While use of JavaScript brings immense website and web app benefits, it also introduces substantial and often overlooked or misunderstood risks.

JavaScript is powerful and risky

JavaScript can implement complex features on a web page, including manipulating page elements and reading entered data. When a browser accesses a website, it downloads all of the code and content from the remote servers, both the site owner’s servers (within your control) and any third-party libraries used (outside of your control). After downloading all code and content, the browser presents the website to the user. If an attacker can hide malicious code in any of the downloaded resources, first or third party, the browser will process and run it. For this reason, security and compliance stakeholders take special care to inspect and validate JavaScript code before moving it into production. Still, this approach falls far short of preventing client-side attacks. A major risk is that JavaScript comes from multiple external sources and can change at any time without developers knowing.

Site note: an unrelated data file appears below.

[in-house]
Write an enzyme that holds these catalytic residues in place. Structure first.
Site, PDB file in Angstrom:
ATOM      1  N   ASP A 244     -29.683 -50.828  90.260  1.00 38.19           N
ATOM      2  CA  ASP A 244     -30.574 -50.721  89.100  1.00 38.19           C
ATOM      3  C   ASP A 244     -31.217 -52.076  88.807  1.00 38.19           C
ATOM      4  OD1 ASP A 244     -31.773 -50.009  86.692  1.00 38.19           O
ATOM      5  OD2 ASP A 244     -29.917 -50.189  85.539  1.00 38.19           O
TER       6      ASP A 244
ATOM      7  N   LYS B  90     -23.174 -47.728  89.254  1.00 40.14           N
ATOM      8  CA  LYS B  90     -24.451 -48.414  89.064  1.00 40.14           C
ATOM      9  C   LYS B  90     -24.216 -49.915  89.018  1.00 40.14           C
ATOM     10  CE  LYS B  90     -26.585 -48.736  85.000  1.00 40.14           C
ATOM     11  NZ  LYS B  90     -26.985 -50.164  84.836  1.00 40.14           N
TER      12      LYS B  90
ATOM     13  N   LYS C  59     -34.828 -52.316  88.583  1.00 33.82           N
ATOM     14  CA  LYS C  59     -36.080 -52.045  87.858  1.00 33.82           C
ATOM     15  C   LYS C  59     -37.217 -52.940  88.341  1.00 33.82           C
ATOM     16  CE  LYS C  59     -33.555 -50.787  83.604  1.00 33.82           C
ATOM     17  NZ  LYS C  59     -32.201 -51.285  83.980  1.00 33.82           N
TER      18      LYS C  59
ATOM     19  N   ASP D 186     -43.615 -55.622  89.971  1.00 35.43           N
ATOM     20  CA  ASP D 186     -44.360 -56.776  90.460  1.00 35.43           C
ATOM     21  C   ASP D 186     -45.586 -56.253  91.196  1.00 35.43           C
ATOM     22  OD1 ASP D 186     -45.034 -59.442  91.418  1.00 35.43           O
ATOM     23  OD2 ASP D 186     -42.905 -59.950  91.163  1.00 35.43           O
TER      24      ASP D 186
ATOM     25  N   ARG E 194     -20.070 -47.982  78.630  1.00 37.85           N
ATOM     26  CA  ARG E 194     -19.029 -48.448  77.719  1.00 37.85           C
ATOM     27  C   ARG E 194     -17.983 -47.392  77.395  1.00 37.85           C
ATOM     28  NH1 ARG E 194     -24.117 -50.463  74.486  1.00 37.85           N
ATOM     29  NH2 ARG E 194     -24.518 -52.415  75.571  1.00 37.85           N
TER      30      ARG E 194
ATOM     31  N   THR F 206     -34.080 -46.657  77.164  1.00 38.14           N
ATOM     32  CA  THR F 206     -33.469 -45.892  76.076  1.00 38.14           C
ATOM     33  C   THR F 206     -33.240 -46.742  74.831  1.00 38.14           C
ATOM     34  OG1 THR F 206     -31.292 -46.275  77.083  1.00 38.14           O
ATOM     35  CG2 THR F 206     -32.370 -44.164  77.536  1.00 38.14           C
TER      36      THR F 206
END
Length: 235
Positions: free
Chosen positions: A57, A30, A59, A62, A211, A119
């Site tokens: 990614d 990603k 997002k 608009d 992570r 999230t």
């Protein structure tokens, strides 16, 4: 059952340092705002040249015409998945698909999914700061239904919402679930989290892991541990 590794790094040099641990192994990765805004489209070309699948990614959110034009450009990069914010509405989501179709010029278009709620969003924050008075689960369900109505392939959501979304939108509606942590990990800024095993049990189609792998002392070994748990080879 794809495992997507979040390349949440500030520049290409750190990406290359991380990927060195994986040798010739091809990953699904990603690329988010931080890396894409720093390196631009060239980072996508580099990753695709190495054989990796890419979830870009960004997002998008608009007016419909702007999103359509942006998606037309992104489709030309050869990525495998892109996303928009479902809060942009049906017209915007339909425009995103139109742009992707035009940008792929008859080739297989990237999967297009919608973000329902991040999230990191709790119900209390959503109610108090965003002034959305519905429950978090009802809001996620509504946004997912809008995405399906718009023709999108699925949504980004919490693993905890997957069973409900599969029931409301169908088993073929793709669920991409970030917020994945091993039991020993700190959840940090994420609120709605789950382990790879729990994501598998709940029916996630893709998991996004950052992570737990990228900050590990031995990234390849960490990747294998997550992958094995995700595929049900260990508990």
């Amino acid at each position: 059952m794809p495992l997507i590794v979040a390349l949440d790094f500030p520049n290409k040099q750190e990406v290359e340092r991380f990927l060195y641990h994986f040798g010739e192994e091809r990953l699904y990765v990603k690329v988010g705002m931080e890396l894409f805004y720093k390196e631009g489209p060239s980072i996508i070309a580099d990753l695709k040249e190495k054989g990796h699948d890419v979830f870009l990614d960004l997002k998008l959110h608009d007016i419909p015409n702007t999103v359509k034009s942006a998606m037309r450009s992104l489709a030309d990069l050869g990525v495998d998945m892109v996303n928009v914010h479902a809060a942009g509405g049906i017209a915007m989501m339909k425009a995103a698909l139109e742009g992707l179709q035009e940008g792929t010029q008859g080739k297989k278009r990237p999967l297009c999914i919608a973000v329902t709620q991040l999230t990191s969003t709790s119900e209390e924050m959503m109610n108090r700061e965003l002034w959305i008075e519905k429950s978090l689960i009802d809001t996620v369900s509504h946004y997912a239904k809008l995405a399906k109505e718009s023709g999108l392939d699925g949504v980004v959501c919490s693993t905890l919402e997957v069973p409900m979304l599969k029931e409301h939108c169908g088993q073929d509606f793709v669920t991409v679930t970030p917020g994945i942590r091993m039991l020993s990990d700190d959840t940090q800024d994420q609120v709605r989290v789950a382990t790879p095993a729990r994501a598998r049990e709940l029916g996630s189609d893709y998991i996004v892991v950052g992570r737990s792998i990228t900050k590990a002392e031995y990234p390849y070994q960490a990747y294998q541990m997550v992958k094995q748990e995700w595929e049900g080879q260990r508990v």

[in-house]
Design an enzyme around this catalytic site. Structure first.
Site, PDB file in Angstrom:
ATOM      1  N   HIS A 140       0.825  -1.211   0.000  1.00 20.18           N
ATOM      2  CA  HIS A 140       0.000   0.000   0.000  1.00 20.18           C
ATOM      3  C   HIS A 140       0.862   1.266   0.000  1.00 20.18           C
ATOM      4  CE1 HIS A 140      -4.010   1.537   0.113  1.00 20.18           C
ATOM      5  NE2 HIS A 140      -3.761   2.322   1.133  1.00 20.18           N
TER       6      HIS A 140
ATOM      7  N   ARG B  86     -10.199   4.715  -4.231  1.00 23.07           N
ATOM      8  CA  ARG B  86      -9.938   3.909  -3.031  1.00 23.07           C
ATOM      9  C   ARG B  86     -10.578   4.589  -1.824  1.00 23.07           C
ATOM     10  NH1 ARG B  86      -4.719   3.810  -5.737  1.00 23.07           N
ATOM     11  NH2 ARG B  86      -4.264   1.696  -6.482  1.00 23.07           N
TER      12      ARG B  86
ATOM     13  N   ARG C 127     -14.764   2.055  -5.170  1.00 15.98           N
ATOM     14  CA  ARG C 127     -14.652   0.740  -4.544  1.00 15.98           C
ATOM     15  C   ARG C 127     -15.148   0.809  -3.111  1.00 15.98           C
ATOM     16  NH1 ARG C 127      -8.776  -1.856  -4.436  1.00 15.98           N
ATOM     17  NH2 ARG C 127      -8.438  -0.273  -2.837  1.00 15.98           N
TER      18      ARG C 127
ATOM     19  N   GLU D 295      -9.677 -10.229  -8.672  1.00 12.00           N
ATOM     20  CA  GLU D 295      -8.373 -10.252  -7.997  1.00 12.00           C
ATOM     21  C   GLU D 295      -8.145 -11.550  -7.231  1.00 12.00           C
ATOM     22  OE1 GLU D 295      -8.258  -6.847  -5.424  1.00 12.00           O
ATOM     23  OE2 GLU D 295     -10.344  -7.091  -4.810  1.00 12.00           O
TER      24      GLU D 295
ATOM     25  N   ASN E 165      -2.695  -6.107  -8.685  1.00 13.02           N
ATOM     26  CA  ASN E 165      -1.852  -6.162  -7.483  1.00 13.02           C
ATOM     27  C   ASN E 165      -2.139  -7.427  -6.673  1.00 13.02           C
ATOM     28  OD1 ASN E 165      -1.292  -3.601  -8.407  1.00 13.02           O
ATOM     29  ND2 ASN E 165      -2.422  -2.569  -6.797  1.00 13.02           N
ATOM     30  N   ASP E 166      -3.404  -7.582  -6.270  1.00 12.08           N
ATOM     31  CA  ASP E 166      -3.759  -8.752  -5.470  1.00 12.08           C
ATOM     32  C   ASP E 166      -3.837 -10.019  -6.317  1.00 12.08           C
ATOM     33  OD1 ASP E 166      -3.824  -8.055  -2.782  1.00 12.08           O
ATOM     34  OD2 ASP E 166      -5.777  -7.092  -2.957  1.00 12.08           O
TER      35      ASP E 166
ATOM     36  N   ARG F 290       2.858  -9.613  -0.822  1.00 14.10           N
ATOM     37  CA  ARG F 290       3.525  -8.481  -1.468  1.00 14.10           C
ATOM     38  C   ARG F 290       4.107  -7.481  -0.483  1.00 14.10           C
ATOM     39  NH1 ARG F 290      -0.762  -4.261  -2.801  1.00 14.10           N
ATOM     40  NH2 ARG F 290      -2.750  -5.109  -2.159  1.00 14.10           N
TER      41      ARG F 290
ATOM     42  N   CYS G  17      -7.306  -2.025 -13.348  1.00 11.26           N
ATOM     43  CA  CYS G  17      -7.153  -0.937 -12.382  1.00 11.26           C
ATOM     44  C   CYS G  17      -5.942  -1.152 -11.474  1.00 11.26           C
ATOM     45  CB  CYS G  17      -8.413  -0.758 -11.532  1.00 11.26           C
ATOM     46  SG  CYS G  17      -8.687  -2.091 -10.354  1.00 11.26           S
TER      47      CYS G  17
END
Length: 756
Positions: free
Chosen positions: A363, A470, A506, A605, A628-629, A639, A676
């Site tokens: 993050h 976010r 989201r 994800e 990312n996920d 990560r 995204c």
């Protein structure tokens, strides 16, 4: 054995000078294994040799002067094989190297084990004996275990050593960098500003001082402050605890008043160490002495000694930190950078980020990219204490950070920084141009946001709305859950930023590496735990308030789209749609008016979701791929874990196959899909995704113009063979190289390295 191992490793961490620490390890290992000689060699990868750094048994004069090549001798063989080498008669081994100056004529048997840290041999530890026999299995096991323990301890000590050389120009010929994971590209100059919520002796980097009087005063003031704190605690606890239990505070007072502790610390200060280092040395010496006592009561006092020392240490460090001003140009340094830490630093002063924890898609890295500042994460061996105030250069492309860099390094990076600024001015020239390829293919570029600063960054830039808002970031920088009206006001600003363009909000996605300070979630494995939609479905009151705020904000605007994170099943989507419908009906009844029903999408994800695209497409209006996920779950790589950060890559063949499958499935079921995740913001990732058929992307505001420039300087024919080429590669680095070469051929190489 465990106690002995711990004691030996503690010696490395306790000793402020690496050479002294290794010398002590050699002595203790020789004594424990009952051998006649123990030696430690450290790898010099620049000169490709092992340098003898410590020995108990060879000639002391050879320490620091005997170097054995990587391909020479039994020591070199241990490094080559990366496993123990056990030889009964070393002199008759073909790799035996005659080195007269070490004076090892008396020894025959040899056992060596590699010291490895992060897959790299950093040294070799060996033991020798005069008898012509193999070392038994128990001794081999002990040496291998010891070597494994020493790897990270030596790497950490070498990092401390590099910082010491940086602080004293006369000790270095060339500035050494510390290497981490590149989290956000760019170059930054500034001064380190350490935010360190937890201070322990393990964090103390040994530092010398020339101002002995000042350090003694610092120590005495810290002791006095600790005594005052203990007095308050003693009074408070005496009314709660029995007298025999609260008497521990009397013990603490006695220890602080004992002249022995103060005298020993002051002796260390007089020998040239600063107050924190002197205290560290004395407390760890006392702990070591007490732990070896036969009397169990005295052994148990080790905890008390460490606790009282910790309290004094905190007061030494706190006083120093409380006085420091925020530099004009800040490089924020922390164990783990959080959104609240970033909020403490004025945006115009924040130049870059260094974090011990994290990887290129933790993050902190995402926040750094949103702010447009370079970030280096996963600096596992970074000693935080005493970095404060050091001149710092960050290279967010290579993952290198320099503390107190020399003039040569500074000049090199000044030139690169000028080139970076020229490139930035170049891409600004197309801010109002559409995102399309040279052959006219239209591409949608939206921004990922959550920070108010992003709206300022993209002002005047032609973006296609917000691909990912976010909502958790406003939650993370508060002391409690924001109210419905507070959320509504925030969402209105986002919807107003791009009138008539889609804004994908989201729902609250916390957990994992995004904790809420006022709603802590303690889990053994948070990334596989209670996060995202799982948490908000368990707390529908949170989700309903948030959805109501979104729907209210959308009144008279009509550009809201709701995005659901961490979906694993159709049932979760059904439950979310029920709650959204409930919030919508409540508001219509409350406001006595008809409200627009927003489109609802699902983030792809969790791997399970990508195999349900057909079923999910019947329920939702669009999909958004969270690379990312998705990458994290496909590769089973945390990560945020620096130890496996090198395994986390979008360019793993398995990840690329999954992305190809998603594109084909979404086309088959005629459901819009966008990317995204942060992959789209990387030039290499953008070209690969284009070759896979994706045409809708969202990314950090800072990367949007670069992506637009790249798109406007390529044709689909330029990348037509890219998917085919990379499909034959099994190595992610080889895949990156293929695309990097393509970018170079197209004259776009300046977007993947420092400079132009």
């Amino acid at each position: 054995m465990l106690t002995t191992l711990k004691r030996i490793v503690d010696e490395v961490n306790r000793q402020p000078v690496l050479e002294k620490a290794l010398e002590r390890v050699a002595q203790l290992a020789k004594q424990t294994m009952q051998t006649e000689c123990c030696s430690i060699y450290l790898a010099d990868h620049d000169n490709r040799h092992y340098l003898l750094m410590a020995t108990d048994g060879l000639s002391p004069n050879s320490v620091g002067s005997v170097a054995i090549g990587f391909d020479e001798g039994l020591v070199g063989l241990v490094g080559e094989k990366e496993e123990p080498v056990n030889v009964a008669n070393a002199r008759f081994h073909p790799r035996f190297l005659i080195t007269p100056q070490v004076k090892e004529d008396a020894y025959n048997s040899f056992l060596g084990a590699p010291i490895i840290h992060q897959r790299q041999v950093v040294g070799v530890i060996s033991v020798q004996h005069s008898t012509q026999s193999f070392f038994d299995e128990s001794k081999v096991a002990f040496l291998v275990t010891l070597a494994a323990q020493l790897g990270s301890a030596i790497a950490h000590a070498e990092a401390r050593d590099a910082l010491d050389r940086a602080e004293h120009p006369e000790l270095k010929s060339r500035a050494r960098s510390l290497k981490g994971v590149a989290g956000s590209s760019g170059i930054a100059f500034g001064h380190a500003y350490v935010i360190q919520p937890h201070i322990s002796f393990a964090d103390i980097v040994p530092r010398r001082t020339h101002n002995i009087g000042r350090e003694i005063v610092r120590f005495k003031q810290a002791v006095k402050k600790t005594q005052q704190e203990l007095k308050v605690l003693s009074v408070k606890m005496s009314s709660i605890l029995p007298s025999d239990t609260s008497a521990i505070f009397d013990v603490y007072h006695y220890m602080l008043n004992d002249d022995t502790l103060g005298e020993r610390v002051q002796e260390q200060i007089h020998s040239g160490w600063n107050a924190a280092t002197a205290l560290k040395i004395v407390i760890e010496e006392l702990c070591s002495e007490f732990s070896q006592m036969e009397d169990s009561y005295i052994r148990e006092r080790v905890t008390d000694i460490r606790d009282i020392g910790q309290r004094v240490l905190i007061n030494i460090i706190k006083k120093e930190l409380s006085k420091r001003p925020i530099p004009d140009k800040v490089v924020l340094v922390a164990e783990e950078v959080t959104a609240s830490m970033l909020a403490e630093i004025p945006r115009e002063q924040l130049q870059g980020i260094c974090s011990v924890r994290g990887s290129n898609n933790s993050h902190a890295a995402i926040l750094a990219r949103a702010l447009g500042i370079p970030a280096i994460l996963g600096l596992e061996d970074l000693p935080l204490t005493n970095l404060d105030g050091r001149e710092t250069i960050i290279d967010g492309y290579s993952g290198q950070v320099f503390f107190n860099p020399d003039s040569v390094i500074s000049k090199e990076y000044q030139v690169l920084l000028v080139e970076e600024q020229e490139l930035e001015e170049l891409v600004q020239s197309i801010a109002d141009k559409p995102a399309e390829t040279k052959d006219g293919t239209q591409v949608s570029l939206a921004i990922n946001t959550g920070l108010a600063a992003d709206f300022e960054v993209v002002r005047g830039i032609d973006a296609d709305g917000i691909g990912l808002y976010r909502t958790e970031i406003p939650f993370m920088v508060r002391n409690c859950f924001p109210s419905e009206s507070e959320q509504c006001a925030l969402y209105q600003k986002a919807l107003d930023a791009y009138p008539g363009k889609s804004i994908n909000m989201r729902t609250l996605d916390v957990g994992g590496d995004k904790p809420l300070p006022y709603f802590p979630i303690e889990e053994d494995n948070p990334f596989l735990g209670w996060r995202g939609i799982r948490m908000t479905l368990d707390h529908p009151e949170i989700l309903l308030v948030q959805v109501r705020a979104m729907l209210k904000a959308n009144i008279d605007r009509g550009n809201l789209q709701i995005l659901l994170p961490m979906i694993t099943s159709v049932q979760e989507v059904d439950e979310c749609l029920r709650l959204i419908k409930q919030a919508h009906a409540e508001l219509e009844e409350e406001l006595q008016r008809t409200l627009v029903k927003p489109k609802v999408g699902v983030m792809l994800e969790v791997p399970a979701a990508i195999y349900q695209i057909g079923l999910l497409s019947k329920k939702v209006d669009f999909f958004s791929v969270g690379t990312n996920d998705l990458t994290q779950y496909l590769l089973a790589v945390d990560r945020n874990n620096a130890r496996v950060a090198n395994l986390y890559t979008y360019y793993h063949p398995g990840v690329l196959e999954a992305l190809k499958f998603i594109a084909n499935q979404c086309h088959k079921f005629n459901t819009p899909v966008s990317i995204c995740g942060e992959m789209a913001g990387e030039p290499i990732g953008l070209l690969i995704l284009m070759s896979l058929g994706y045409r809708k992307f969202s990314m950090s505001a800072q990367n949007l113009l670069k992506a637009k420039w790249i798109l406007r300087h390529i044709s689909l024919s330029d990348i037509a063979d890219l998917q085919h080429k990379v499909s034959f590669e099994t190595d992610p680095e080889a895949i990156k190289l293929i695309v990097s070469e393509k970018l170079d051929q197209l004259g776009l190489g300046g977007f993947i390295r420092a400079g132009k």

“There is usually no guarantee that the code hosted at the third party will remain the same as seen from the developers and testers: new features may be pushed in the third-party code at any time, thus potentially breaking the interface or data flows and exposing the availability of your application to its users/customers.”
OWASP

 


Common types of client-side attacks

Magecart

The hacker group Magecart made its name after finding vulnerabilities in the Magento component used by thousands of online stores. By inserting malicious code into the library, the code cascaded throughout Magento-powered websites, siphoning payment data when users visited online stores and entered credit card data. Today, this technique is used across all industries to target vulnerable third-party technologies.